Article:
The Newcomer

Bourbon and Coke – From Garden and Gun magazine


For the Coke syrup:

¼ cup of Coca-Cola
¼ cup of sugar

For the Cocktail:

3 oz of bourbon (we used Michter’s)
½ oz of Coke syrup


Coke syrup –

Bring the Coke to simmer in a very small saucepan. Add in the sugar and stir until dissolved.

Cocktail –

Combine bourbon, syrup and bitters in a cocktail shaker filled with ice. Shake well and then strain into a chilled coupe glass. Garnish with a lemon twist.

I encourage you to give both versions a try and let us know which you prefer!





Whiskey Vinyl Vibe #13 – Summertime

While mixing up a surprise cocktail in the kitchen last night, Trent asked me to pick out an album that made me feel like summer. When considering that we were kicking off a long holiday weekend with no real plans in sight, I didn’t hesitate at all when I pulled Bleachers – Strange Desire, from the shelf. Two summers ago, I came across this album like many people did, and I was completely blown away by the fun and upbeat 80s vibe of it. To quote Mat Smith over at Clash Music, “Jack Antonoff wanted to aim for the kind of emotionally stirring songs that would have appeared as the title track to a John Hughes movie” – and I’d say he did so perfectly.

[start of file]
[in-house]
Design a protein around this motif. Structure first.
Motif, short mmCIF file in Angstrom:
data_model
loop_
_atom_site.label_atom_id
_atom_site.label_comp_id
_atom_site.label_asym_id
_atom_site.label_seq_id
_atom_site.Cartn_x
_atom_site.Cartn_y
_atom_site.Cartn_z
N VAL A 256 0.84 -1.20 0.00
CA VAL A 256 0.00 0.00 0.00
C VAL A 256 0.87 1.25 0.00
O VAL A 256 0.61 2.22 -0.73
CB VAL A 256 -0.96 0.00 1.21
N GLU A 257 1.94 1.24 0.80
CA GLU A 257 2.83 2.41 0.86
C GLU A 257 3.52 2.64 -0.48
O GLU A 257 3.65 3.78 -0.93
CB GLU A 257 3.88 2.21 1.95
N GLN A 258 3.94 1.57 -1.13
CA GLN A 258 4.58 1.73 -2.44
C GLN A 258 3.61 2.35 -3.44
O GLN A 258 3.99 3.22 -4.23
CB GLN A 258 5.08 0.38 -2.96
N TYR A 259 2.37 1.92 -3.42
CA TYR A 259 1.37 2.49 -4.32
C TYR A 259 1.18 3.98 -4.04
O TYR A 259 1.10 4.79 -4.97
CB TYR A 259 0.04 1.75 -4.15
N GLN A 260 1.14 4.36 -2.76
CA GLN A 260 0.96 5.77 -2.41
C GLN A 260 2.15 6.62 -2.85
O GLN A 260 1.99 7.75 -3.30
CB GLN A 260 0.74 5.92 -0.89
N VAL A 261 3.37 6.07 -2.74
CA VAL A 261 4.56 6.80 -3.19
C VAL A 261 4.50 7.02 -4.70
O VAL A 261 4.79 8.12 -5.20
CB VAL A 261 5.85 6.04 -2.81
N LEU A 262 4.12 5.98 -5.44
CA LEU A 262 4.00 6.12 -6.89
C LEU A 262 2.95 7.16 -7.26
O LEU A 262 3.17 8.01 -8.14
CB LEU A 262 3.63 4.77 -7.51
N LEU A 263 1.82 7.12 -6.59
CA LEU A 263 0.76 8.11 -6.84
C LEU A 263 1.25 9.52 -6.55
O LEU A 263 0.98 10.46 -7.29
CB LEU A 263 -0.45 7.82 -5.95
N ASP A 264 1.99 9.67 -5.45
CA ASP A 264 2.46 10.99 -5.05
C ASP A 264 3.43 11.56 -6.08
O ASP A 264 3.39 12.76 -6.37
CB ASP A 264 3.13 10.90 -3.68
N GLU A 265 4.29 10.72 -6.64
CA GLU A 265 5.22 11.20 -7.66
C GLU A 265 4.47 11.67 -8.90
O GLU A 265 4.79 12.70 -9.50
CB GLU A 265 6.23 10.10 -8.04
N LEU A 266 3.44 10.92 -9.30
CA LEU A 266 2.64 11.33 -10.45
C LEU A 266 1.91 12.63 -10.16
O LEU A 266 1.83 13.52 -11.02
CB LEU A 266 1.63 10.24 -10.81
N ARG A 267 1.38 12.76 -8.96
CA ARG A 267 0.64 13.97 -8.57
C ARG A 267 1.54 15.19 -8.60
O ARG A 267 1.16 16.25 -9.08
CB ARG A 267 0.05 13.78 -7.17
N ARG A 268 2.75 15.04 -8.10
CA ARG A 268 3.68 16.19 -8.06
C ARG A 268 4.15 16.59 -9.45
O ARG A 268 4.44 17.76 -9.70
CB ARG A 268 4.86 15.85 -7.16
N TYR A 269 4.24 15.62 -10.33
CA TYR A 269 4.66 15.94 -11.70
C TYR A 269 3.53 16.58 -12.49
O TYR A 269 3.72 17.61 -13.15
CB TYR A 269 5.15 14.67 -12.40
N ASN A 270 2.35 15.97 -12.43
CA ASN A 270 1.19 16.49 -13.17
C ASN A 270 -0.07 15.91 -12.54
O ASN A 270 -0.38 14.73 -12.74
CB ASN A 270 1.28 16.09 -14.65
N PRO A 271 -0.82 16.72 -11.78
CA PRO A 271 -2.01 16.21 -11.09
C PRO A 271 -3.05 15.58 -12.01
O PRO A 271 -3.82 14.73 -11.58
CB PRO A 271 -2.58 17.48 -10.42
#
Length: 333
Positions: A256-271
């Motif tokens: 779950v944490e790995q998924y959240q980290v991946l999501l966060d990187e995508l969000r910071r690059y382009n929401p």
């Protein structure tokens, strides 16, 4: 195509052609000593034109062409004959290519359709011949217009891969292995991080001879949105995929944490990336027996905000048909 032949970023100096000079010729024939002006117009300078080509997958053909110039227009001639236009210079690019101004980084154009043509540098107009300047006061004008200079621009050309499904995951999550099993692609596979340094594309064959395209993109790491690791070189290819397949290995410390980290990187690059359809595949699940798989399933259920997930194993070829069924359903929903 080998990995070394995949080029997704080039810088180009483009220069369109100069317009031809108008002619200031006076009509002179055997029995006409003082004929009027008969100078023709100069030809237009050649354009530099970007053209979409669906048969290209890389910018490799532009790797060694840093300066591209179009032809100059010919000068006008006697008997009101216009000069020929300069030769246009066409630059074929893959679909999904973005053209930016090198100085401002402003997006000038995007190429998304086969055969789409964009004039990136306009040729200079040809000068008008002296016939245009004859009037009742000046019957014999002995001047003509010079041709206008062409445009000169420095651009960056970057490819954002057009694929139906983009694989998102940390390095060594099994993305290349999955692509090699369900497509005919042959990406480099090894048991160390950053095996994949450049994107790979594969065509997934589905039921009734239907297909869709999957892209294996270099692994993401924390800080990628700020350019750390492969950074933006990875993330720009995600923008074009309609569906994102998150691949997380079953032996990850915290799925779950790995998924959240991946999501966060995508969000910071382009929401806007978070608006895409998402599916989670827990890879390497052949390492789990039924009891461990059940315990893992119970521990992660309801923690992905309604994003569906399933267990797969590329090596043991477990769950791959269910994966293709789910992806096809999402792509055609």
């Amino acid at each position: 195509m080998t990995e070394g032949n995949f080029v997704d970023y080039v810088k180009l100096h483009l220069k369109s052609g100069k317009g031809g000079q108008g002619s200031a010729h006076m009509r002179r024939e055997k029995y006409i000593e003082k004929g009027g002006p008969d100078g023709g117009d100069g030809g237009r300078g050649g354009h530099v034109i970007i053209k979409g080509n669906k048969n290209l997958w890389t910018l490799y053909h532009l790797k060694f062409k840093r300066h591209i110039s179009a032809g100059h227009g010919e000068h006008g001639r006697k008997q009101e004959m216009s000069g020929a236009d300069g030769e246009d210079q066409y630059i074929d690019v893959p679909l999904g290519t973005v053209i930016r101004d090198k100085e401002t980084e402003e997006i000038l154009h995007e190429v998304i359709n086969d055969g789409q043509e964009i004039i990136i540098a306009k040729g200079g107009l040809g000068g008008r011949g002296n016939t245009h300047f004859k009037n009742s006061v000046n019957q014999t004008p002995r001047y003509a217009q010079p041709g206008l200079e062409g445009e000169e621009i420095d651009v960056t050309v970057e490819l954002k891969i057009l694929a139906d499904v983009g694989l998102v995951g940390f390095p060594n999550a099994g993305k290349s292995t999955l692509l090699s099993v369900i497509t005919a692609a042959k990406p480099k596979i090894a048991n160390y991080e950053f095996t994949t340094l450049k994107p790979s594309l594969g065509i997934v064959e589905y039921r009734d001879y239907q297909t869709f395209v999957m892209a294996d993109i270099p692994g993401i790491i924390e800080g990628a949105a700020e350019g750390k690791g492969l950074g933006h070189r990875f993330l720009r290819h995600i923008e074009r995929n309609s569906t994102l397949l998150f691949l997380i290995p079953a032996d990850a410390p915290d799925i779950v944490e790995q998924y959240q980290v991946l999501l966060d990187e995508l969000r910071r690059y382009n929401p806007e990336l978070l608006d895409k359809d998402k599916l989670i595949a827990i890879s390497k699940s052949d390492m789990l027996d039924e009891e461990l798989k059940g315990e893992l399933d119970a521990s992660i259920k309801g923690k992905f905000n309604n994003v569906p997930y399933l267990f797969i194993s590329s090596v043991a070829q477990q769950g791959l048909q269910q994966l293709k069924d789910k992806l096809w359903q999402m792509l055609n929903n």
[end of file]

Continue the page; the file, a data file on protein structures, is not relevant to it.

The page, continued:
This album was our entry into summer late last night, followed by the Terrible Thrills Vol. 2 album. In case you missed it on Record Store Day 2016, Terrible Thrills is the Bleachers – Strange Desire album covered entirely by some pretty incredible women including Sia, Charlie XCX, Carly Rae Jepsen and 80s fireball Susanna Hoffs. Besides the music opening the door to summer, Trent’s cocktail definitely topped off the summer holiday fervor. I am strongly considering setting all of this on repeat for the next three days.



Every year when the weather starts to warm, people naturally tend to want to stray away from whiskey cocktails for lighter base spirits.

Hopefully this recipe will help shed you of that notion and prove to friends and family that whiskey can be a summer drink, too. Cheers!

Elderflower Old Fashioned

2.5 oz of Bourbon
0.5 oz of elderflower liqueur (St. Germain is what we used)
2-3 dashes of Angostura bitters
1 lemon twist for garnish


Add all liquid ingredients to a cocktail pitcher filled with ice. Stir well. Strain into a rocks glass with ice and garnish with the lemon twist. Enjoy!



Ballin’ on a budget…